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Hamin is a traditional peasant dish. Basically, instead of throwing out the leftovers from the past week, the Jewish balaboostas of the world threw all the meat, bones, and vegetables from that week’s meals into a pot and let them simmer overnight. There are different ways to prepare hamin—European Ashkenazi Jews add kishke (intestines), while the Sephardic Jews of Moroccan, Yemenite, Iraqi, and Iranian descent add spices, beans, barley, and wheat. There’s plenty of room here for variety; try adding quince or dates instead of prunes. You’ll need cheesecloth and kitchen string.


  • Prep Time : 20 min
  • Cook Time : 8 hour
  • Ready Time : 8 hour, 20 min


6-8 Servings


    Basic Hamin

    • 1 cup dried chickpeas, soaked in cold water overnight
    • 2 1/2 teaspoons kosher salt
    • 1/2 teaspoon freshly ground black pepper
    • 1 cup dried pinto beans, soaked in cold water overnight
    • 1 1/2 cups barley
    • 1 pound stewing beef
    • 2 medium potatoes, peeled and cut into large chunks
    • 10 prunes
    • 6 dried apricots
    • 6 large eggs
    • 2 bay leaves
    • 3 large garlic cloves


    • 7 cups water
    • 5 tablespoons kosher salt
    • 1 1/2 tablespoons sweet Hungarian paprika
    • 1 tablespoon ground cumin
    • 1/2 teaspoon chile flakes
    • 1/4 teaspoon ground cinnamon
    • 1/4 teaspoon freshly ground black pepper



    1.  Cut three 9-inch squares of cheesecloth. You will use these to make little sachets of chickpeas, pinto beans, and barley.

    2.  Place the chickpeas, 1/2 teaspoon of the salt, and 1/8 teaspoon of the pepper in the center of one cheesecloth square. Gather up all four corners to make a loose sachet and tie it up with kitchen string. Repeat this process with the pinto beans, 1/2 teaspoon of the remaining salt, and 1/8 teaspoon of the remaining pepper in another cheesecloth square. Repeat with the barley, 1/2 teaspoon of the remaining salt, and 1/8 teaspoon of the remaining pepper. Set these sachets aside.

    3.  Season the beef with the remaining 1 teaspoon salt and the remaining 1/8 teaspoon pepper. Place a single layer of meat at the bottom of a 6-quart Dutch oven or other large, heavy pot. Then scatter in half of the potato chunks, half of the prunes and apricots, and all three cheesecloth sachets. If there is any meat left over, add it to the top with the remaining prunes and apricots.

    Nestle the uncracked eggs into the top layer of all the goodies along with the bay leaves and garlic.

    Whisk all the sauce ingredients together and pour the sauce over the hamin goodies. Place the Dutch oven on the stove over medium-high heat and bring to a boil.

    4.  Preheat the oven to 200°F.

    5.  When the hamin and sauce come to a boil, remove from the heat. Place a lid on the Dutch oven and bake overnight for at least 8 and up to 12 hours.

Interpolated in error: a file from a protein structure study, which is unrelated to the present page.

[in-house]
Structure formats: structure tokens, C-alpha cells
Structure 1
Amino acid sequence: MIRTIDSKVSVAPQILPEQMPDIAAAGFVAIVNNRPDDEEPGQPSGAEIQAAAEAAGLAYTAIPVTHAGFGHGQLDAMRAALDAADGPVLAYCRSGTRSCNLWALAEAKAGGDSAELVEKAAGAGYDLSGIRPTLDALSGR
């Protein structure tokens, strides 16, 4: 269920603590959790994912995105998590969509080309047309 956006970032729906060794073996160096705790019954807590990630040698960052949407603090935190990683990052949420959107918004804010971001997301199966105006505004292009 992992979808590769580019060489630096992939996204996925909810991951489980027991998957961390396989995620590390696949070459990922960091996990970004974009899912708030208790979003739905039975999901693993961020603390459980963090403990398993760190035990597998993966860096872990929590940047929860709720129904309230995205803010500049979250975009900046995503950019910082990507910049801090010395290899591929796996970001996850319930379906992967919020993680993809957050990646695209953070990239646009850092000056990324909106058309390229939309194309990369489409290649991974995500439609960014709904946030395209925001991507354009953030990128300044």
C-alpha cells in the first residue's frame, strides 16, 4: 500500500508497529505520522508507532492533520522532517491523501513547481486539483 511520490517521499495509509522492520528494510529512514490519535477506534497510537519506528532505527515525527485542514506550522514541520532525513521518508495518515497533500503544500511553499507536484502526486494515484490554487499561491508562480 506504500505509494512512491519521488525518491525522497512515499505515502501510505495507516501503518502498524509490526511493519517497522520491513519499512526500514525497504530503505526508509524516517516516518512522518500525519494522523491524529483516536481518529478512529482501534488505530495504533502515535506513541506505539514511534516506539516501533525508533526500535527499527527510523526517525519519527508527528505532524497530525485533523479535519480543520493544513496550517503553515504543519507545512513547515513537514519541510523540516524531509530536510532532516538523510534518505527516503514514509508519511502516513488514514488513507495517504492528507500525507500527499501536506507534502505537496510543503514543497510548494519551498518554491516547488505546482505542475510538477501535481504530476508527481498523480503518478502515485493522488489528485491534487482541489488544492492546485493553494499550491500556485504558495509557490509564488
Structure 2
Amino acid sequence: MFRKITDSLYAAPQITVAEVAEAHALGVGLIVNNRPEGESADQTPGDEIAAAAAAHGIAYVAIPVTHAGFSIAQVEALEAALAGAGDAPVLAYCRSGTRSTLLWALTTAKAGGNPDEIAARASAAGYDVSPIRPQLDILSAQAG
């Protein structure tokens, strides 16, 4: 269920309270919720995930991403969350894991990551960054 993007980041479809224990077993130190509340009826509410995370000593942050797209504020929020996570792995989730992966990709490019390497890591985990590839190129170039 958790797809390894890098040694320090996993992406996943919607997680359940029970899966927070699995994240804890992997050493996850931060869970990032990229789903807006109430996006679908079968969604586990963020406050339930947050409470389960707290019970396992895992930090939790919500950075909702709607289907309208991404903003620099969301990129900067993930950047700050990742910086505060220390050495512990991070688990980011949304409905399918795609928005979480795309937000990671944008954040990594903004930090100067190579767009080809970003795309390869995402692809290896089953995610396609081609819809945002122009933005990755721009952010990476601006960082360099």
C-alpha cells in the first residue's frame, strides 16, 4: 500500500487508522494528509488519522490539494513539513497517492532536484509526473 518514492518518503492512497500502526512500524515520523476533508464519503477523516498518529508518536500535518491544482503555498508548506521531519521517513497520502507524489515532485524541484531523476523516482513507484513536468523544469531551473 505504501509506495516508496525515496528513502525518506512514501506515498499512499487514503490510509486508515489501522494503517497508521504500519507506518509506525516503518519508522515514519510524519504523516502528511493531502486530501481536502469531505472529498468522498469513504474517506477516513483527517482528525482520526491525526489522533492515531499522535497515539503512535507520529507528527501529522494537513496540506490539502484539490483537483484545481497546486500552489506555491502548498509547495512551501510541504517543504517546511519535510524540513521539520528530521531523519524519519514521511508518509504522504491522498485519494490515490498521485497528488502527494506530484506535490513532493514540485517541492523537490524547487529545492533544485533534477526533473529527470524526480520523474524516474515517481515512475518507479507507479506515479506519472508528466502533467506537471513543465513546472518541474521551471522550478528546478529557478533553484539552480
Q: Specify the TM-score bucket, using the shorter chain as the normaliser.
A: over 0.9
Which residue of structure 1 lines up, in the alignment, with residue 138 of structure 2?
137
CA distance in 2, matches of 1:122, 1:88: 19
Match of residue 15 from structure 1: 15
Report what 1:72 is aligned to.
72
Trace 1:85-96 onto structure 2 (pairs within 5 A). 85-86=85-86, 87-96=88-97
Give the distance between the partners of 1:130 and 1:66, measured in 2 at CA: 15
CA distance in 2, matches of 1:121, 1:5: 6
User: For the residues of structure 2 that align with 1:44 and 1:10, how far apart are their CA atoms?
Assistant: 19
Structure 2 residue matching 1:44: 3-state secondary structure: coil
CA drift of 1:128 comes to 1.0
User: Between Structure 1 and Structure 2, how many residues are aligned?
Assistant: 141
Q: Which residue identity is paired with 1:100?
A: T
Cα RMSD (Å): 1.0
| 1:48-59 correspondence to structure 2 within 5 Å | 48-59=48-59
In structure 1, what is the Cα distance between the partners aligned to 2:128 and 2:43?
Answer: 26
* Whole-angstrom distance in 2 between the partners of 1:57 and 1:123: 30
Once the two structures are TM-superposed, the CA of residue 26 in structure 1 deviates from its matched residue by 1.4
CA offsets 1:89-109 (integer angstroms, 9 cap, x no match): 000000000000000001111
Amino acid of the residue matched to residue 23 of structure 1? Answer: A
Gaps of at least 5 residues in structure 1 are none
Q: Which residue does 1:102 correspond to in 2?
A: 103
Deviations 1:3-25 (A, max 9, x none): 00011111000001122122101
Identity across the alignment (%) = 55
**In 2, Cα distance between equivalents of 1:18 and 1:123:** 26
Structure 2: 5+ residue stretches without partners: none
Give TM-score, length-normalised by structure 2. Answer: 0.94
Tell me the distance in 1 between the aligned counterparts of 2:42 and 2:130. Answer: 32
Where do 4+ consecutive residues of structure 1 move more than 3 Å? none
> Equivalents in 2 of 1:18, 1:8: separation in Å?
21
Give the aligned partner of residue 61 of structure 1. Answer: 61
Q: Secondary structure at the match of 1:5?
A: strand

6.  The hamin is ready when you wake up the next morning with the aromatic scent of beef in your house.


    balaboosta book interviewCREDIT: “Excerpted from Balaboosta by Einat Admony (Artisan Books).Copyright © 2013. Photographs by Quentin Bacon.”


    About Einat Admony


    Einat is married to Stefan Nafziger. Together they own and operate Balaboosta and Taïm. They live in Brooklyn with their two young children, Liam and Mika. When Einat is not at the restaurant she can be found at home, cooking for the crowd of family and friends continually gathered around her dining table.




    11 Responses to Hamin

    1. Never tasted this dish, but it sounds like something great for cold weather.

    2. avatar says: Maisie

      This sounds delicious! Could it be made in a Crock Pot?

    3. avatar says: Roman

      This sounds really good! Do you take the cheesecloth out at the end and then mix it up?

      • Most people serve it all separate so people can make it their own and pick and choose. Either like this in the big pot or served in separate bowls.

    4. avatar says: Sharona

      Sign me up!!!

    5. avatar says: ilana

      are you sure about the amount of salt? i think it’s a mistake. the whole thing looked delicious but no one could eat more than a mouthful. the table renamed it dead sea hamin and we had to put it in the trash. such a shame!

      • It is 2 and 1/2 teaspoons, there was a space missing that may have made it confusing – so sorry about that.

        • avatar says: batya_a

          Actually, the 2 1/2 tsp salt that’s divided among the bundles seems fine. It’s the 5 tablespoons of salt that’s added with the water later, that I’d guess is more of a problem. It’s important to note that a tablespoon of Kosher salt is much less than the same measure of regular fine table salt, because of the difference in the crystal size. This may be the source of your problem. Although, honestly, 5 tablespoons of kosher salt does seem excessive, even so.

    6. avatar says: orya

      do i have to use cheesecloth?
      is there something i can use instead?

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